What Olson means by a ‘self-made player’ is the fact that McGloin has never had anything handed to him. He was intent on playing for Penn State out of high school, but they weren’t intent on him, so he had to walk on. After making the squad, each season the coaches chose a more physically gifted passer over him. That was until the big scandal that ousted Joe Paterno as well as had many of the players he recruited transferring to other schools.

Bill O’Brien came in as the new head coach and McGloin was the last man standing at quarterback. All he did was set school records that season for the Nittany Lions. Even still, there was no interest from the NFL. He had tryouts in Washington and Carolina but went unsigned. Then the Raiders came calling and they saw something in him others didn’t.

“There’s an edge about him. And he’s always had that edge,” said Olson. “I believe even the day he was brought in for the tryout, he just had an aura of confidence about him and a competitive edge about him. You can talk to any player or coach in that building right now and I believe they would describe him the same; as extremely competitive, plays with a chip on his shoulder and has something to prove.”

McGloin will need every bit of that confidence and edge in order to keep the Raiders on track. Their game in Denver to close out the season is a good start. A win there and the Raiders take the division with a first round bye. A loss would most likely mean losing the division and playing on the road in Houston in the division round.

I have seen some suggest the Raiders should scramble to add a proven starting quarterback off the street. Names like Mike Vick and Peyton Manning have been thrown around. But changing quarterbacks now would be ludicrous. McGloin is the ‘next man up’ for a reason. And the best situation for the Raiders right now is to have a guy who is familiar with the offense and has been in the room with Carr his entire career.

There is really no other choice but to give the reins over to McGloin. But there’s a big difference between accepting the inevitable and truly believing there won’t be a big dropoff with McGloin as the new starter and this team can continue to have success.

“Well, certainly you can’t minimize the loss of Derek Carr with how well he’s been playing,” said Olson, who made it clear that Carr is a rare elite level quarterback and MVP candidate. “But, I believe that that staff believes in Matt and I know that that locker room believes in Matt. A lot of the traits they have are similar. I think they’re both… [McGloin] is an extremely accurate quarterback. He makes good decisions, I think he’s played really well in the preseason when he’s had opportunities to play. Obviously he’s developed in the time since I was there, so I’m sure they’re very confident in his abilities going forward. The only concern is the lack of playing time that he’s had. But I’m sure he’s developed and I’m sure he’s very familiar with Bill Musgrave’s system and what they’re doing offensively. Although they’re two different players, I believe there are a lot of similarities.”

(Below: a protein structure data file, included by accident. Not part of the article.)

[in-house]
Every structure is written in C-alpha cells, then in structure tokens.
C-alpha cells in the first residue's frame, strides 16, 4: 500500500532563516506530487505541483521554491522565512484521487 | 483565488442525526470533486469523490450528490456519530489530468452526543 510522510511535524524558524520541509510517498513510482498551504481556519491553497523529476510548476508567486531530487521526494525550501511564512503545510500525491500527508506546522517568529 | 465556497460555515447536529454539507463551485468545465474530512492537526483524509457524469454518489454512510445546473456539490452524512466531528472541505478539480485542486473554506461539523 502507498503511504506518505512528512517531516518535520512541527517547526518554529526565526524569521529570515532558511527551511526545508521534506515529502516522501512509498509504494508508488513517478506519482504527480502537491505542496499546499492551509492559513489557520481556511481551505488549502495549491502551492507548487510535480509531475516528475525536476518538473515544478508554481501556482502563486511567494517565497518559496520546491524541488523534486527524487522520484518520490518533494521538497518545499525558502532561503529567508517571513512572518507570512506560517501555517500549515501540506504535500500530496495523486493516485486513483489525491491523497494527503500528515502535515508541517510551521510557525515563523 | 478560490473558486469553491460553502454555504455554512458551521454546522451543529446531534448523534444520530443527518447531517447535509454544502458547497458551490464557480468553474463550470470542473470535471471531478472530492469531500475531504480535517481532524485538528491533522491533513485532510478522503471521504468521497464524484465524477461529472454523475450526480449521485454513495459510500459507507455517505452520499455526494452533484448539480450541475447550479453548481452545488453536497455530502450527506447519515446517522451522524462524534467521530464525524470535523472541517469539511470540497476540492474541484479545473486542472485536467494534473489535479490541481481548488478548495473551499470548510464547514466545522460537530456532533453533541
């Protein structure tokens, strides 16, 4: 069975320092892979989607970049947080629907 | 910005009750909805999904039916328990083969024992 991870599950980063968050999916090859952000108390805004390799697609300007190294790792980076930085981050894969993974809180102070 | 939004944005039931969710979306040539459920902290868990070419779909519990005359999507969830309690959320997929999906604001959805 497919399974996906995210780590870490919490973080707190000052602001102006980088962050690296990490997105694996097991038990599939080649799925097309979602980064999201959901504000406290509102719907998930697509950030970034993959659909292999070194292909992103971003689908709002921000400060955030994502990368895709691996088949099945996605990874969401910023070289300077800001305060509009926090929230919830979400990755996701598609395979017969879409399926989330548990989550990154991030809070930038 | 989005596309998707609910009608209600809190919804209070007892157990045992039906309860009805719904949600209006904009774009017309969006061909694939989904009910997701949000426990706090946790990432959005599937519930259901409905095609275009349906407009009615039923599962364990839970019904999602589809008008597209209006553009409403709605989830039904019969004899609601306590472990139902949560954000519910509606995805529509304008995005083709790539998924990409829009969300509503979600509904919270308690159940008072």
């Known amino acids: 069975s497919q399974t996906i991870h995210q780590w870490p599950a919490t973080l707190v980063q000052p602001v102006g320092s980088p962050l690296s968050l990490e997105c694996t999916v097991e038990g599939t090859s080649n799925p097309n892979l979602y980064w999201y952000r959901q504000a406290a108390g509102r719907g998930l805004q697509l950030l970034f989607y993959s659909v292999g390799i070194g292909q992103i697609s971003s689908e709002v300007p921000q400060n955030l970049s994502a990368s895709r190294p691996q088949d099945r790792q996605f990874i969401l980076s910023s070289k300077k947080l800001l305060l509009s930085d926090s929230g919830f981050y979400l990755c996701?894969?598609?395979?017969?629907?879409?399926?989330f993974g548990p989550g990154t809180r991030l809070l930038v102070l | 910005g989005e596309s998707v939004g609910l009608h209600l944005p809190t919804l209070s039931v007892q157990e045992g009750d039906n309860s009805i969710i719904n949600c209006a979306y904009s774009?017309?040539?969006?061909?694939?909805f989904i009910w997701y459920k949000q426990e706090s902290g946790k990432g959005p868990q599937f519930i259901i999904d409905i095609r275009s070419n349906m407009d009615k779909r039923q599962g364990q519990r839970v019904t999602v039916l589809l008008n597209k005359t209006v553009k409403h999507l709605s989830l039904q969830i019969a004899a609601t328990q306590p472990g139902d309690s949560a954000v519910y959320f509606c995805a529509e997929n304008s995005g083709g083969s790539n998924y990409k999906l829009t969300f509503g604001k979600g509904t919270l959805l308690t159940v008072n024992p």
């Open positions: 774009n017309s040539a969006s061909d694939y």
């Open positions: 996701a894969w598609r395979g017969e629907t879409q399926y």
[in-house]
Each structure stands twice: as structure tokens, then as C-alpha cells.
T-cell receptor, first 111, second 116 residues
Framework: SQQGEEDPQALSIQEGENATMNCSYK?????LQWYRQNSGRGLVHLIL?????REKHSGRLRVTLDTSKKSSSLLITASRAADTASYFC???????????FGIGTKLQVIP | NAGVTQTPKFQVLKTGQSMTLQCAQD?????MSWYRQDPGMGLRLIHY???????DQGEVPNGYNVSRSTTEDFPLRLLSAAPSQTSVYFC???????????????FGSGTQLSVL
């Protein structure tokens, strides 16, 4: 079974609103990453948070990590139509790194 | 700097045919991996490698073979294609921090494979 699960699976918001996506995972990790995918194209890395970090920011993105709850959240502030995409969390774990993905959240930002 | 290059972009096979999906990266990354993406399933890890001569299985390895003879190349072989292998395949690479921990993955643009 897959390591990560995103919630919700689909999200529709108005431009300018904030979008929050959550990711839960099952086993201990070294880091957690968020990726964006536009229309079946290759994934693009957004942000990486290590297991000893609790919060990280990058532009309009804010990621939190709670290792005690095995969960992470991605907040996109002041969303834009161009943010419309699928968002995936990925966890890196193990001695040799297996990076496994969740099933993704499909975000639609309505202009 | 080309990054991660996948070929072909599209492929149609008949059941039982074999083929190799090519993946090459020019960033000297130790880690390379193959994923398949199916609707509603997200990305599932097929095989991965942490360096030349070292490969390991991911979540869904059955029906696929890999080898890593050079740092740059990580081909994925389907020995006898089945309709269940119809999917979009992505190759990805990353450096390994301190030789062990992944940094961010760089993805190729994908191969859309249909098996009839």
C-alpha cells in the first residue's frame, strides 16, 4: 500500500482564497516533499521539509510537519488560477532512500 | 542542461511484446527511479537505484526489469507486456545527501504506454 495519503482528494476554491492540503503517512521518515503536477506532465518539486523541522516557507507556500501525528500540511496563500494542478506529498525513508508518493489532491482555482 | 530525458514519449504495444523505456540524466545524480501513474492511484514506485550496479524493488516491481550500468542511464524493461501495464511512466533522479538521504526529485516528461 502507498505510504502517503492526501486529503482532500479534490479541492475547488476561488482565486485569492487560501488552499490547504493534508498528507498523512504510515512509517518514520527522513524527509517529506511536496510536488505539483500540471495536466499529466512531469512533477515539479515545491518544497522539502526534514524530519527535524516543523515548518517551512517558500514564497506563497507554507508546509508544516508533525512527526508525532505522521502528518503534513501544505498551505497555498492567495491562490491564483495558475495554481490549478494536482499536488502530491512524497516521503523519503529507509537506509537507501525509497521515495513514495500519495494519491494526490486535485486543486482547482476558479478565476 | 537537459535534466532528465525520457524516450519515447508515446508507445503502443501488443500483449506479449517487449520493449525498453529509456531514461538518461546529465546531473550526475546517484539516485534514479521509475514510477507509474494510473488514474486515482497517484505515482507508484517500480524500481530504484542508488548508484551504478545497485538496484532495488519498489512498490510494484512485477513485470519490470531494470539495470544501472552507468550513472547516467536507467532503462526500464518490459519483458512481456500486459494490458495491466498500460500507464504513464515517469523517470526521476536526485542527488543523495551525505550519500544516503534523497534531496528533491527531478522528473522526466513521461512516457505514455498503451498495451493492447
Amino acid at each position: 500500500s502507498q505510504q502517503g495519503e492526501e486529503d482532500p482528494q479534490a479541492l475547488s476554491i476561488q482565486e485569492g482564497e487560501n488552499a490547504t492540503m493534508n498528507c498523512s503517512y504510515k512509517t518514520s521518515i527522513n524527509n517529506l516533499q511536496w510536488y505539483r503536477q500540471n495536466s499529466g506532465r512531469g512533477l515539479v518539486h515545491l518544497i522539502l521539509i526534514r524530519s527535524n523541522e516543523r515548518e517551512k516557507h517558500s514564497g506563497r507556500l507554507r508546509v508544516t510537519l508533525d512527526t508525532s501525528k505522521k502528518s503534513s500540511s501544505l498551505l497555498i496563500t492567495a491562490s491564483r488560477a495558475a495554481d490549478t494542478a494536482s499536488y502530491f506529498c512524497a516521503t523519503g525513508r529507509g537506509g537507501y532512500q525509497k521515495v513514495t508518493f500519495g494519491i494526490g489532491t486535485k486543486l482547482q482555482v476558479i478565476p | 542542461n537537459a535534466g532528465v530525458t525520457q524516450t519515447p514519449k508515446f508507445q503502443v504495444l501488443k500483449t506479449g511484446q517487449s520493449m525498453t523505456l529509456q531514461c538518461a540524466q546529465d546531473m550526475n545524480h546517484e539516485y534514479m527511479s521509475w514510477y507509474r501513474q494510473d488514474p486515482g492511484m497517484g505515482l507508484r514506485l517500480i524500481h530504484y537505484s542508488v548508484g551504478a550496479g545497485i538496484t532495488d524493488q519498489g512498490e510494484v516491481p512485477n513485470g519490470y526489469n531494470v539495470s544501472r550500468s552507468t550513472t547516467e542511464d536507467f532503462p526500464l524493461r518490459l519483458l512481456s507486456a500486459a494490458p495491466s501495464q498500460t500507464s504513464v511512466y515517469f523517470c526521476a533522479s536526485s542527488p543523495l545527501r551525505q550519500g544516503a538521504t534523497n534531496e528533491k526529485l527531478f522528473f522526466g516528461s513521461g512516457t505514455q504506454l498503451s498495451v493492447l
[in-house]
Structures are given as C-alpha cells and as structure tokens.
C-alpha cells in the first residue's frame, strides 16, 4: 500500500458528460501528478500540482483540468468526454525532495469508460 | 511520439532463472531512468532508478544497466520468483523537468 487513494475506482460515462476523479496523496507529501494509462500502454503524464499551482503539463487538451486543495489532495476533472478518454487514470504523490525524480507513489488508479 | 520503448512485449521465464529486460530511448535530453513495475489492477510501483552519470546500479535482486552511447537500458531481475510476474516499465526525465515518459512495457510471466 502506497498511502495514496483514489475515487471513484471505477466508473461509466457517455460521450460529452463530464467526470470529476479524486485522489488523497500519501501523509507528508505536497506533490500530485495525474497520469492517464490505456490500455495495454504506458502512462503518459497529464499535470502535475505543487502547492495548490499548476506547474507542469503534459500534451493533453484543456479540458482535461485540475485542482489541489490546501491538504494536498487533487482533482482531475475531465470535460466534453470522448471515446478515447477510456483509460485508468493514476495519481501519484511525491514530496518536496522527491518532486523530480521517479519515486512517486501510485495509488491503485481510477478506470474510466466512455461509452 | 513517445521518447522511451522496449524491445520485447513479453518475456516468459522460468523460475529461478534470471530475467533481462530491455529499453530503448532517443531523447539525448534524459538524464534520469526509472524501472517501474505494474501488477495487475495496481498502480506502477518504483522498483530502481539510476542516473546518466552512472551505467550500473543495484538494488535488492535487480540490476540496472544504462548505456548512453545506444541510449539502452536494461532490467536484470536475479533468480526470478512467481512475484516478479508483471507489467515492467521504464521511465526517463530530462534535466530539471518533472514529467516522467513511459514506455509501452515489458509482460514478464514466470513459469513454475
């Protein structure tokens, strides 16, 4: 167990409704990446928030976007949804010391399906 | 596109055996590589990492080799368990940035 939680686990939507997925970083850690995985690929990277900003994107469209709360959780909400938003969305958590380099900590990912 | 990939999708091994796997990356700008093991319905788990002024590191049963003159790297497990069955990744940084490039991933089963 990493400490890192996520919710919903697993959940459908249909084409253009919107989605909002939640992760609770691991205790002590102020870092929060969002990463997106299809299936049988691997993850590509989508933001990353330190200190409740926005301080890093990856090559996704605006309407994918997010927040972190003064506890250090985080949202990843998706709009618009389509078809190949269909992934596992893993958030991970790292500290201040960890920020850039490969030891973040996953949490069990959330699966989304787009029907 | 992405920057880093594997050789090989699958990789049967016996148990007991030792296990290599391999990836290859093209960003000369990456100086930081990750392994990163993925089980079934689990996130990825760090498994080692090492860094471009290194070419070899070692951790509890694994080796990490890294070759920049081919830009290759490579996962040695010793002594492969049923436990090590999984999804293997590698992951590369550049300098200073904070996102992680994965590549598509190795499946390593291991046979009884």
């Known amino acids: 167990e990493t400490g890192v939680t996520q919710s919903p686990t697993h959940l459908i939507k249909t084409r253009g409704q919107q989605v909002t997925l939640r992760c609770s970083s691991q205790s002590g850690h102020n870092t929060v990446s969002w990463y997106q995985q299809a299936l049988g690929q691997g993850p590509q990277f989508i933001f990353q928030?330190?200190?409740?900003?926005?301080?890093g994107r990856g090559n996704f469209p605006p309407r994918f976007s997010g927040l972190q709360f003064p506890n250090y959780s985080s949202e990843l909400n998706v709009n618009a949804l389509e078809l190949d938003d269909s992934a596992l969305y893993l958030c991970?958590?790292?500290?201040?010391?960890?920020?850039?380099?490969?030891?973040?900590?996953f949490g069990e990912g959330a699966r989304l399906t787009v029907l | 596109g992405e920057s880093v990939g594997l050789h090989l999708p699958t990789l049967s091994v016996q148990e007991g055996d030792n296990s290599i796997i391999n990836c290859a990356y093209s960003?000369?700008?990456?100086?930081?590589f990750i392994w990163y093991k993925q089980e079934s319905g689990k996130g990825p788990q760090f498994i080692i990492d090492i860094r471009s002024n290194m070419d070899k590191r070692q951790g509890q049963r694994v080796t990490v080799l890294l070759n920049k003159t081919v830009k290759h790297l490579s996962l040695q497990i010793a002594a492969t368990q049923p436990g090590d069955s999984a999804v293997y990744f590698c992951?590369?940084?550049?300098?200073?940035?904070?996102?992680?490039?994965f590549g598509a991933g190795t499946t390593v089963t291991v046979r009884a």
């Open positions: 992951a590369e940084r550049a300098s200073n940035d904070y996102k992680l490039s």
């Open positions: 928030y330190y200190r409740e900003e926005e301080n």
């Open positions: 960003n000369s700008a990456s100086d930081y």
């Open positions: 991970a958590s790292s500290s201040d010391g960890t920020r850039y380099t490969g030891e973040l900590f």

Olson added that McGloin also gets the ball out quickly, evidenced by his having been sacked just six times in six games as a rookie despite having a ragtag offensive line consisting of left tackle Khalif Barnes, guards Lucas Nix and Mike Brisiel, and right tackle Tony Pashos.

Even now, Olson said McGloin “could probably be starting for a lot of football teams this season.” The Raiders valued him enough this offseason to slap him with a round two RFA tender so he wasn’t signed away by another team. Rookie fourth round pick Connor Cook has been inactive all season as the third quarterback.

I know there are some Raiders fans who still hold an irrational grudge about McGloin due to having chosen ‘sides’ in the debate between who was better between he and Pryor. That debate was always ridiculous. The Raiders chose the quarterback of the two. And since then they have continued to choose McGloin over all comers time and time again. There’s a reason for that.